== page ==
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Cathy Weber, of Dimock, owner of The Little Red Hen, located at 314 N. Main St. in Mitchell, wraps a gift bought by a customer on Saturday. Weber, like many downtown merchants, has been busy as the end of the holiday shopping season approaches. (Chris Mueller/Republic)
Cathy Weber, of Dimock, owner of The Little Red Hen, located at 314 N. Main St. in Mitchell, wraps a gift bought by a customer on Saturday. Weber, like many downtown merchants, has been busy as the end of the holiday shopping season approaches. (Chris Mueller/Republic)

Last-minute Christmas rush draws in business

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news Mitchell, 57301

Mitchell South Dakota 120 South Lawler 57301

Cathy Weber, owner of The Little Red Hen in Mitchell, spends the entire year preparing her business for the holiday shopping season.

“It’s probably been busier than normal,” Weber said, referring to this year’s holiday shopping season. “It’s been a very good season for us.”

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In the last five years, taxable sales during the holiday shopping season — November and December — in Mitchell have increased 12.3 percent, from $61.8 million in 2008 to $69.4 million in 2012, according to reports by the South Dakota Department of Revenue. In that time, taxable sales during the holiday shopping season peaked at $74.4 million in 2011 and bottomed out at $61.5 million in 2009.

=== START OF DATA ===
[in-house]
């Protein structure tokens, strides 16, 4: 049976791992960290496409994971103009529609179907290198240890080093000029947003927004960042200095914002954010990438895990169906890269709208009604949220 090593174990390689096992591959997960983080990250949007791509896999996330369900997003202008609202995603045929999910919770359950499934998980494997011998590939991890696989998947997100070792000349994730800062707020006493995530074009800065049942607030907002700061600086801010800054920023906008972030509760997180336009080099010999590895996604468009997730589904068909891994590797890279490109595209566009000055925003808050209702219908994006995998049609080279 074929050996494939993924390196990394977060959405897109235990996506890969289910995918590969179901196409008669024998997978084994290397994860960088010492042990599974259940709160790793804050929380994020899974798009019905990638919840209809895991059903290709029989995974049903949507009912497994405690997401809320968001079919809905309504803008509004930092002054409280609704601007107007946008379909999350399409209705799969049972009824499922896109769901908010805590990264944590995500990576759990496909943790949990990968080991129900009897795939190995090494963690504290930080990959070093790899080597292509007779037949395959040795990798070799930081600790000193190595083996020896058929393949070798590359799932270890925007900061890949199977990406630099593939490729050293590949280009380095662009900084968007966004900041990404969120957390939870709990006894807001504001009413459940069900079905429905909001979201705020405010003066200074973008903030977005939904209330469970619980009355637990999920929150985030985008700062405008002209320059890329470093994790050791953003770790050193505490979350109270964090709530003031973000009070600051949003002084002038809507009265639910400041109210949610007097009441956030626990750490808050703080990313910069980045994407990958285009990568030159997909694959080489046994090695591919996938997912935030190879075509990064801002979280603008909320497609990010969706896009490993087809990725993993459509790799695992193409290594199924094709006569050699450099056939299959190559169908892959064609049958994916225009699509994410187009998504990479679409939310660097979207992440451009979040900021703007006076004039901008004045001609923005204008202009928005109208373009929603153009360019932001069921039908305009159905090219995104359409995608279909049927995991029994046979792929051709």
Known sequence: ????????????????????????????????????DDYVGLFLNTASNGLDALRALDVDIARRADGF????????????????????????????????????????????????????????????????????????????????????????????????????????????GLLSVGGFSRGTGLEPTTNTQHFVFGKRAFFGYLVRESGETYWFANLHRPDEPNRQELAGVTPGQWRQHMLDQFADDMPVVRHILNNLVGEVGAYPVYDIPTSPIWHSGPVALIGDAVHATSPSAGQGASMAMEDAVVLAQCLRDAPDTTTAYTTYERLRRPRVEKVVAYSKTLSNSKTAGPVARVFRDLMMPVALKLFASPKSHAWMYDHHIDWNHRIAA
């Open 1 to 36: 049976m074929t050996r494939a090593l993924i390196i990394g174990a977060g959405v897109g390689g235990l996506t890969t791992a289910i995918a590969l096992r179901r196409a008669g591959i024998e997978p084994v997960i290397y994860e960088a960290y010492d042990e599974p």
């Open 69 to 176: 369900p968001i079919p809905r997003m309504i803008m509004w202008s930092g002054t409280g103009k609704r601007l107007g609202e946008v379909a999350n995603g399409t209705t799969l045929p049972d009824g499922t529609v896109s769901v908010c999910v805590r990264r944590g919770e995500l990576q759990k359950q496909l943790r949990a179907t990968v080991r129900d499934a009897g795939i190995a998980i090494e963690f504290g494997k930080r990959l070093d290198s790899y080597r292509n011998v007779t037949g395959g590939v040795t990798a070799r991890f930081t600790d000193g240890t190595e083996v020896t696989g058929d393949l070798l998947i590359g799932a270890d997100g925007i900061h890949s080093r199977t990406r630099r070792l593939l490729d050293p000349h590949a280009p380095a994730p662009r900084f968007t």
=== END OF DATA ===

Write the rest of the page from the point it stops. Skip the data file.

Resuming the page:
The Little Red Hen, a home décor and gift shop, and several other businesses in downtown Mitchell took part in Wrap It Up Weekend on Friday, Saturday and Sunday. The event was meant as a last-minute shopping push by local businesses as the end of the holiday season approaches.

In recent years, Weber said, more people have become aware of the importance of shopping locally.

“They’re glad to see we’re busy,” she said. “They’re beginning to be more aware of how important it is to keep their money local.”

Brad Jamison, owner of Woelfel Jewelry, said his new customers always come to understand the value of shopping locally.

“If you spend money with me, I’m going to spend it around the community,” he said. “You spend money at Walmart, it disappears.”

Still, both Weber and Jamison said it’s difficult to ignore the competition from major retailers, both in Mitchell and in nearby Sioux Falls, as well as the competition from online retailers, such as Amazon and eBay.

“I just have to keep concentrated on my business and making it what my customers want it to be,” Weber said.

Smaller, local businesses can aspire to offer customers better service and perks, such as free gift wrapping, that larger businesses don’t offer, Weber said.

“If you go shop online, they don’t know who you are,” she said.

Ed Anderson, owner of Ed’s Pet World, agrees smaller, local businesses do have some advantages over the larger businesses.

“One thing we offer is customer service,” he said. “We usually know our customers by name.”

Kim Vilhauer, owner of Dakota Scents Gift Shop, said smaller, local businesses can appeal to customers by offering a larger variety of unique items that aren’t carried by the larger businesses.

Vilhauer said the holiday shopping season accounts for approximately 75 percent of Dakota Scents’ business for the entire year.

“Christmas is huge,” she said. “Very huge.”

In her observation, Vilhauer said, downtown shoppers this holiday season have been almost an even split between locals and out-of-towners, who she said play an equally vital role by bringing business into Mitchell.

“When they come to town, they’re going to eat, they’re going to buy gas, they’re going to do everything,” she said.

Megan Sabers, owner of Tickled Pink, said as more small businesses open in Mitchell, it will continue to attract more shoppers to the area.

“If you’ve got the good product, they’ll come here and buy it,” she said.

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